With a tagline like “Ovaries so big we don’t need no fuckin’ balls!” the East Los Angeles biking group Ovarian Psycos announces to anyone listening that they are womxn who don’t mess around. Organized around “feminist ideals with indigena understanding and an urban/hood mentality” as they write in their site, the Ovas have been taking to the streets and organizing as a community to make their neighborhood safer for women since 2010.
In the documentary that bears their name, directed by Joanna Sokolowski and Kate Trumbull-LaValle, audiences get an inside look at this proudly brown Latinx collective. Mixing on-the-bike footage from the Ovas’ rides with intimate looks at the personal lives of some of their members, Ovarian Psycos is a call to arms against violence against women, against gentrification, and against institutionalized prejudices that communities of color face daily. But above all, it is a testament to the power of grassroots organizations who want to have an effect on the community around them.
Of course, that it’s led by badass brown women who get shit done is in itself a reason to catch this doc and support the work the Ovarian Psycos do. It’s not every day you get to witness firsthand what it is black and brown women have to deal with, and the immense courage and resilience it takes to try to change the world for the better. As one of the OG Ovas Andi Xoch told a crowd in New York City at a Q&A following a screening of the film at the Human Rights Watch Film Festival, “the documentary teaches women of color that their stories are worth telling. That we do deserve this platform that we personally think nobody cares about. But there’s a large community — there’s a world out, a world that does care!”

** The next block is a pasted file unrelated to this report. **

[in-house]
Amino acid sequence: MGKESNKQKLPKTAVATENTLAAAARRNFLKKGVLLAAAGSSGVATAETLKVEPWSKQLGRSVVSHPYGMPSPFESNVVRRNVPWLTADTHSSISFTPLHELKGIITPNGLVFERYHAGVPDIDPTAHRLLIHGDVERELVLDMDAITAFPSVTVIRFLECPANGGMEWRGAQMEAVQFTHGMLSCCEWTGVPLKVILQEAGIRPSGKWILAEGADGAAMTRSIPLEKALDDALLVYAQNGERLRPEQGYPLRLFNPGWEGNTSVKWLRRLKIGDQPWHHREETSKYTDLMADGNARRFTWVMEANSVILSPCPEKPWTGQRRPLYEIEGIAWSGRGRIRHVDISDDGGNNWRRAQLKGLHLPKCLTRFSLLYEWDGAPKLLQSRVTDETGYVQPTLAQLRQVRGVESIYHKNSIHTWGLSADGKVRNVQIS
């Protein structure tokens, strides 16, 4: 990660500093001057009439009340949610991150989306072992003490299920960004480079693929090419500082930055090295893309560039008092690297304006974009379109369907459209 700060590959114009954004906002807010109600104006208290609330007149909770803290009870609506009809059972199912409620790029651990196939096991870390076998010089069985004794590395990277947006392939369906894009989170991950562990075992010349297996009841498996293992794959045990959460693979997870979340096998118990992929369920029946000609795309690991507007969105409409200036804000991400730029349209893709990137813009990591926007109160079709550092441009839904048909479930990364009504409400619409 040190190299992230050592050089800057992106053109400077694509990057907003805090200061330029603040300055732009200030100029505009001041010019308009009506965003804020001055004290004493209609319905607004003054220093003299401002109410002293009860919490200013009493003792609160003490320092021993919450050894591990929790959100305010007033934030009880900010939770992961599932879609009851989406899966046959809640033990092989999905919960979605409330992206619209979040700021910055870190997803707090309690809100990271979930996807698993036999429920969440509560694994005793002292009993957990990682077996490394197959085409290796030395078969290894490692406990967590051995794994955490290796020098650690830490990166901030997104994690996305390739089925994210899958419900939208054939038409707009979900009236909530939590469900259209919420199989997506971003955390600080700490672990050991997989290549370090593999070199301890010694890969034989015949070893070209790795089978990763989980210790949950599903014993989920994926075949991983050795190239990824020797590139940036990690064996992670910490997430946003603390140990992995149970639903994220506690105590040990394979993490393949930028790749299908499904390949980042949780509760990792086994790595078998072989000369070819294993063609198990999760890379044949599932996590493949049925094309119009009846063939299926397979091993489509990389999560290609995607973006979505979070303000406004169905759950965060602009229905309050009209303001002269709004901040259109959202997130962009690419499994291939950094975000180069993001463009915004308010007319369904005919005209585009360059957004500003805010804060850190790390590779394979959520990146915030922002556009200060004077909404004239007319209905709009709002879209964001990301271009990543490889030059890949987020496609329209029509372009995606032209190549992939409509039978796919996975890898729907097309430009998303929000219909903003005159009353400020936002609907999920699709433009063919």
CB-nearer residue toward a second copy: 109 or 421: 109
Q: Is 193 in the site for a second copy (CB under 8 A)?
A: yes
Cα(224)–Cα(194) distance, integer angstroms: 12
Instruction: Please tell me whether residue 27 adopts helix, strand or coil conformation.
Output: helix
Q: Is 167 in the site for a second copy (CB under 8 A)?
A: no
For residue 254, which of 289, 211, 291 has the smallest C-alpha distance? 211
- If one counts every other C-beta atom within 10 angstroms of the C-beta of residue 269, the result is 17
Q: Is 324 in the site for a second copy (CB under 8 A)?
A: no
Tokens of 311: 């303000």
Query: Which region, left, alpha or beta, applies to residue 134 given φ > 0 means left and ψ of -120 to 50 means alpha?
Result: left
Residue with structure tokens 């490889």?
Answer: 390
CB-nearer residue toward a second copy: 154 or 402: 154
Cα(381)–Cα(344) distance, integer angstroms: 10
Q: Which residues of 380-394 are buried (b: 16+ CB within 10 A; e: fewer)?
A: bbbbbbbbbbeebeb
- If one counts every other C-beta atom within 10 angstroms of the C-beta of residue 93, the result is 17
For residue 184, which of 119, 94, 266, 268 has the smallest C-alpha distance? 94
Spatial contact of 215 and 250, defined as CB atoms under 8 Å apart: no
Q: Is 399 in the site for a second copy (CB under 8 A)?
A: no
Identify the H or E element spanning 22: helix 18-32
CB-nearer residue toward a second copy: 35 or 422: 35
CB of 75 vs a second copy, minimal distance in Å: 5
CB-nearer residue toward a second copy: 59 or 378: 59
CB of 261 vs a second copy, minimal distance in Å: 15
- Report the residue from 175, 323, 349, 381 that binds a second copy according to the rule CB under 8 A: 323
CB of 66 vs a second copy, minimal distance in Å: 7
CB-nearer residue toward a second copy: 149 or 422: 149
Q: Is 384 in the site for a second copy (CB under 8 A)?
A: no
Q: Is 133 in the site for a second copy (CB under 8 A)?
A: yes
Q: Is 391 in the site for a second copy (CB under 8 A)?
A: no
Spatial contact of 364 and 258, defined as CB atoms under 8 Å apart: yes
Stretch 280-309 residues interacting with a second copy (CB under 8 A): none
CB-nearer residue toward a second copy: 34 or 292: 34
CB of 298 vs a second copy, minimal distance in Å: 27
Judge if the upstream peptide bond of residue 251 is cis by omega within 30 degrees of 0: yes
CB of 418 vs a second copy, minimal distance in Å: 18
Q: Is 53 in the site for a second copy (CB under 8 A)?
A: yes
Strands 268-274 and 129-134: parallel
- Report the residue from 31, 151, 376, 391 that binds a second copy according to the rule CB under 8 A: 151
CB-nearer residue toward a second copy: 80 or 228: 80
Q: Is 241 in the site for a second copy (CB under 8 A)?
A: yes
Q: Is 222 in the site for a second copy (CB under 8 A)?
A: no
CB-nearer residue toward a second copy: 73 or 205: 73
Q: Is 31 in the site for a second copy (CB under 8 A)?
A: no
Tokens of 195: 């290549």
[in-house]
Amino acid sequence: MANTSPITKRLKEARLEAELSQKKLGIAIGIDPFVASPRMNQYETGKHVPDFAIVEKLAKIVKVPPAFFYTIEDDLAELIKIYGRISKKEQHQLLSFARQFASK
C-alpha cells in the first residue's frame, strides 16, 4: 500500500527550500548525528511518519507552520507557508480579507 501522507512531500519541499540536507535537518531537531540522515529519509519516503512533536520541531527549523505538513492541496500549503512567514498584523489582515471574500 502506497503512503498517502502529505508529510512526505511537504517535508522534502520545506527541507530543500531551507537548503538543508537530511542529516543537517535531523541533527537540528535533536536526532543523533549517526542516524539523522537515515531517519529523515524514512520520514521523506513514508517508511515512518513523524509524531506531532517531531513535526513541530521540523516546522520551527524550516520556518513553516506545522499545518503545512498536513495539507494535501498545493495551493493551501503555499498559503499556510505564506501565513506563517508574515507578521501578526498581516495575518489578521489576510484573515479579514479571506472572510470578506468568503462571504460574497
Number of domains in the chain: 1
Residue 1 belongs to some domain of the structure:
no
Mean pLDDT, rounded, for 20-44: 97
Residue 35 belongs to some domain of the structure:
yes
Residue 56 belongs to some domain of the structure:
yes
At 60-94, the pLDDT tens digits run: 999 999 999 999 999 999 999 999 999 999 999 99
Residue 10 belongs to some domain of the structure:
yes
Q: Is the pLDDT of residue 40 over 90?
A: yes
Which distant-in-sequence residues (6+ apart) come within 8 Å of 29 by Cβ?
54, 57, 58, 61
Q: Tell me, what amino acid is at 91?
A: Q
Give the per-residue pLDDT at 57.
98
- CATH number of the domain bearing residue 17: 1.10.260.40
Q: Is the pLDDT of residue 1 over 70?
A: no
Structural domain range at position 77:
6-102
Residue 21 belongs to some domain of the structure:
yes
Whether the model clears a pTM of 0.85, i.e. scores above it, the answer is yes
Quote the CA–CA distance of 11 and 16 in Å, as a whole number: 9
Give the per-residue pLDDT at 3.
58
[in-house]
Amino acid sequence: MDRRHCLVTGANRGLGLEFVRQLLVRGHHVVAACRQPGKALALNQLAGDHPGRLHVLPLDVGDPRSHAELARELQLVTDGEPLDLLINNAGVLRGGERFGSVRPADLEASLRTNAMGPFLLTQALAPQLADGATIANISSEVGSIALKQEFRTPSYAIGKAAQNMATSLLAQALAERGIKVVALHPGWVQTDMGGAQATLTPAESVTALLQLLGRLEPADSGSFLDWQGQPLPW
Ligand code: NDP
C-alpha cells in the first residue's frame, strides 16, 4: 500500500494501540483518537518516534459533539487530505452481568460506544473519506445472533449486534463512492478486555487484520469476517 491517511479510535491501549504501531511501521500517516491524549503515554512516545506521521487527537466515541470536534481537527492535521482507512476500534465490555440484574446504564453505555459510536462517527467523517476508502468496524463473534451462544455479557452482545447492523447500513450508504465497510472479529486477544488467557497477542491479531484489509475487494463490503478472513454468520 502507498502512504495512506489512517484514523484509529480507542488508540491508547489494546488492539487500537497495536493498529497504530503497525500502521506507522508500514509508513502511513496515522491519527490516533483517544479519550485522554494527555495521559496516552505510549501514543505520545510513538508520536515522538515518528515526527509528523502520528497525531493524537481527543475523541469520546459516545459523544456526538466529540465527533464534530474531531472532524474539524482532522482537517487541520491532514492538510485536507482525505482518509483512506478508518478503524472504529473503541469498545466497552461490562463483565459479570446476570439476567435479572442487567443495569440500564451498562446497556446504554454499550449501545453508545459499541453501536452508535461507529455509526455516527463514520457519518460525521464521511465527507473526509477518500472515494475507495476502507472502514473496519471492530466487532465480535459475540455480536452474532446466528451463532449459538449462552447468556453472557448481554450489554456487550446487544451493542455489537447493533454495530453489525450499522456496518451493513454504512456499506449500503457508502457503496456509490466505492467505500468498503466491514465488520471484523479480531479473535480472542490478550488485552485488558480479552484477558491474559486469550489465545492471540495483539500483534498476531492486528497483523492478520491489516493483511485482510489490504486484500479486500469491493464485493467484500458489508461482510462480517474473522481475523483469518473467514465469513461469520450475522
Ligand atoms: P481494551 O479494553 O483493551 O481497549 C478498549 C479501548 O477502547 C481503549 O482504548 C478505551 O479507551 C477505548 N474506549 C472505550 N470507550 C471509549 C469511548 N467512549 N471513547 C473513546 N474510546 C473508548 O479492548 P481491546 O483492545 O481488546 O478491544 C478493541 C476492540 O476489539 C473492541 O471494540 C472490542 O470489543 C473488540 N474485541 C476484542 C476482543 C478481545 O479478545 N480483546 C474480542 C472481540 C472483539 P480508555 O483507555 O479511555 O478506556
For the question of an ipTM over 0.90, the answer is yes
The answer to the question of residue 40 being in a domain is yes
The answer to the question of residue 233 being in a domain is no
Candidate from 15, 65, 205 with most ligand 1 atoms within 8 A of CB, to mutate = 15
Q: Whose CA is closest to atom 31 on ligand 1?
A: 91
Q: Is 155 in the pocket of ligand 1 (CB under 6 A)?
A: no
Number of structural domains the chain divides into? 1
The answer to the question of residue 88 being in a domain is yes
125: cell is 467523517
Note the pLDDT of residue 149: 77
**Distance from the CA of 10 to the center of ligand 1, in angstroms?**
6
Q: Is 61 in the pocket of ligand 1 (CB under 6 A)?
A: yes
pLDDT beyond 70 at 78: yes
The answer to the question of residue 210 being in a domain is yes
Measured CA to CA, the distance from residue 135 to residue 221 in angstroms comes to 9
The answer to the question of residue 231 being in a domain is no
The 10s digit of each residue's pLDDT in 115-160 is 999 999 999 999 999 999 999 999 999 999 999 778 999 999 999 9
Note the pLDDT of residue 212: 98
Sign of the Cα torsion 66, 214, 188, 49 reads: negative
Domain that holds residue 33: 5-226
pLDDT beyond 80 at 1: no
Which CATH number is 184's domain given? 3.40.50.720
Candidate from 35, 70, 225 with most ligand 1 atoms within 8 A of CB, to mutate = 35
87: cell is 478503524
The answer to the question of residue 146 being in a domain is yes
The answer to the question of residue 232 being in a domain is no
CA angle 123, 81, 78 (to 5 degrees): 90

Ovarian Psycos is streaming for free on PBS.org until April 27, 2017.